By Molly Taft

After a summer of deadly heat, the future of air conditioning in a world marked by rising temperatures has come sharply into focus. While some research has indicated we could “essentially cook ourselves” if the world collectively turns on the air conditioning in the face of more extreme heat, a new study shows the reality may be slightly different. And in some ways, the findings are even more worrisome.

In a study published on Wednesday in Nature, a team of researchers from the Climate Impact Lab, a collaboration between climate economists from various institutions, set out to determine just how much household energy use has increased and will increase due to climate change. The findings show the stark inequalities in future energy use for heating and cooling. The world’s richest residents, they found, will benefit from saving on heating during the winter, while the rest of the world will struggle without access to air conditioning during hot summers. Middle income countries, meanwhile, could see spiraling energy burdens as they struggle to cope with extreme heat.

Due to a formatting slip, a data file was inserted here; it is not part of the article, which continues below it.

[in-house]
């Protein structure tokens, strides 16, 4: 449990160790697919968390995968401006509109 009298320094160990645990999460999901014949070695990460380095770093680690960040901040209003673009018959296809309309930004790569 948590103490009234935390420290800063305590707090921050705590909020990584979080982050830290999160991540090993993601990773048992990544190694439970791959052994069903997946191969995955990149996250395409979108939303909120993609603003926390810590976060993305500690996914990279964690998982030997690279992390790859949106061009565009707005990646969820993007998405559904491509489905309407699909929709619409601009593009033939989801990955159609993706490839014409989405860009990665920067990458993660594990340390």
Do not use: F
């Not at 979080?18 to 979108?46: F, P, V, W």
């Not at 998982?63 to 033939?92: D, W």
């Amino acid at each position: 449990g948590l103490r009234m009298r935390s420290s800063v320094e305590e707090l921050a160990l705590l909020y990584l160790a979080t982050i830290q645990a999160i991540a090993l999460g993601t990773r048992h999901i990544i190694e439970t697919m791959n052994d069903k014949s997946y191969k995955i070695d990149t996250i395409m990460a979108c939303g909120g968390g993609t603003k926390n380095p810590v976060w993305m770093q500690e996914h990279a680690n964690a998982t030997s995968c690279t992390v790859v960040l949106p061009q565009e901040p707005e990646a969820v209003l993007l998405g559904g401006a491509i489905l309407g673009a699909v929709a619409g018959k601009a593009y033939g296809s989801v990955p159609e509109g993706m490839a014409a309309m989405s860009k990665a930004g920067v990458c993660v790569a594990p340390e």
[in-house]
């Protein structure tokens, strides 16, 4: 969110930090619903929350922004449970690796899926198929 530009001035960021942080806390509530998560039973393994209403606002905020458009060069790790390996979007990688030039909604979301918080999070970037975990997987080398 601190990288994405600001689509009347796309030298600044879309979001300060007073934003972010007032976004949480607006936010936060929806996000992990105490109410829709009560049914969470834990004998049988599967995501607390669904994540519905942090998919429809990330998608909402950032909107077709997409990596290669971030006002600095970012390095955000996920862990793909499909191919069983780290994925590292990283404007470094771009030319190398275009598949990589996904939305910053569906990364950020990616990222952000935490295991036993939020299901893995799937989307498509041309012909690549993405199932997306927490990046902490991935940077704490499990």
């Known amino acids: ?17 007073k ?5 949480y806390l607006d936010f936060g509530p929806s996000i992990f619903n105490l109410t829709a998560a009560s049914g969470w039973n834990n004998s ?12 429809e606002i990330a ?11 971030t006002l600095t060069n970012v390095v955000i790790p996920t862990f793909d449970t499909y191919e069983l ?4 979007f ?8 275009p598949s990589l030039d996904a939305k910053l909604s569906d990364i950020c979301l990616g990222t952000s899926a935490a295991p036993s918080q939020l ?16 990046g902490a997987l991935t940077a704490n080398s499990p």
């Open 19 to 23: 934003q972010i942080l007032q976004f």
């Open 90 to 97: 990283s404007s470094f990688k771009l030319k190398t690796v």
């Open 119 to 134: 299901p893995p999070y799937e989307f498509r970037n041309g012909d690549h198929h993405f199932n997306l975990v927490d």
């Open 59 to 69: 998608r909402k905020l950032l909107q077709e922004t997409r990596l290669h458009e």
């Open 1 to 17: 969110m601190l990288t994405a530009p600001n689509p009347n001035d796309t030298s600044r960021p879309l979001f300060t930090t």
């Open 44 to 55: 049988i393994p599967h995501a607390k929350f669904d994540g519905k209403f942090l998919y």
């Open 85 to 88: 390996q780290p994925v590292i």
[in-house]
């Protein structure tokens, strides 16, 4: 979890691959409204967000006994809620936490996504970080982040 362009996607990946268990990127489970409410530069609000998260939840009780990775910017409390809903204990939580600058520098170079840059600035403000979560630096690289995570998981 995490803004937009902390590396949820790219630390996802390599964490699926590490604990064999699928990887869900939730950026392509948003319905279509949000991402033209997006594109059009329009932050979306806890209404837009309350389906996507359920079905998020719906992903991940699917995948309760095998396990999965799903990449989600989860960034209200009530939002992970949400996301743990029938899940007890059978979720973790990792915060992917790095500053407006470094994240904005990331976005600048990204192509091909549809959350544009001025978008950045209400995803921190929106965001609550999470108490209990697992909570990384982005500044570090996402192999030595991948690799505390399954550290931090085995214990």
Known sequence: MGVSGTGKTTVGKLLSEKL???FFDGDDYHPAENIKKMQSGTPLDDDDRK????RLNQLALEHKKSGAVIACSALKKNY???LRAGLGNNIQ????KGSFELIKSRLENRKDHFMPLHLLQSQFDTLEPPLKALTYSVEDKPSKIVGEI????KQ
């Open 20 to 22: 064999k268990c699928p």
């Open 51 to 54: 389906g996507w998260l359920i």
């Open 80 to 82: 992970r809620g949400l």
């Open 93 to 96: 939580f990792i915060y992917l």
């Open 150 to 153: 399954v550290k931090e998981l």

To do the math on how energy consumption will change, researchers first collected 40 years of energy use datasets from 146 countries, as well as data on historical weather trends, and then measured how energy consumption in different areas changes with extreme temperatures. This holistic approach offers a rare glimpse of true heating and cooling energy use around the world.

“In prior work, researchers often extrapolated what would happen in poorer regions by looking at research from richer regions,” Amir Jina, an assistant professor of public policy at the University of Chicago and a coauthor of the study, wrote in an email. “So, for example, they’d take information on how temperature affects AC use in the very wealthy U.S., and apply that to much less wealthy India. This might overstate energy-related costs of climate change, because you’d assume that every Indian household would just switch on their AC when it gets hot and would consume a huge amount of energy. But we know that most households in India don’t have AC units, so if you don’t include data on India or other less wealthy places, you get the answer wrong.”

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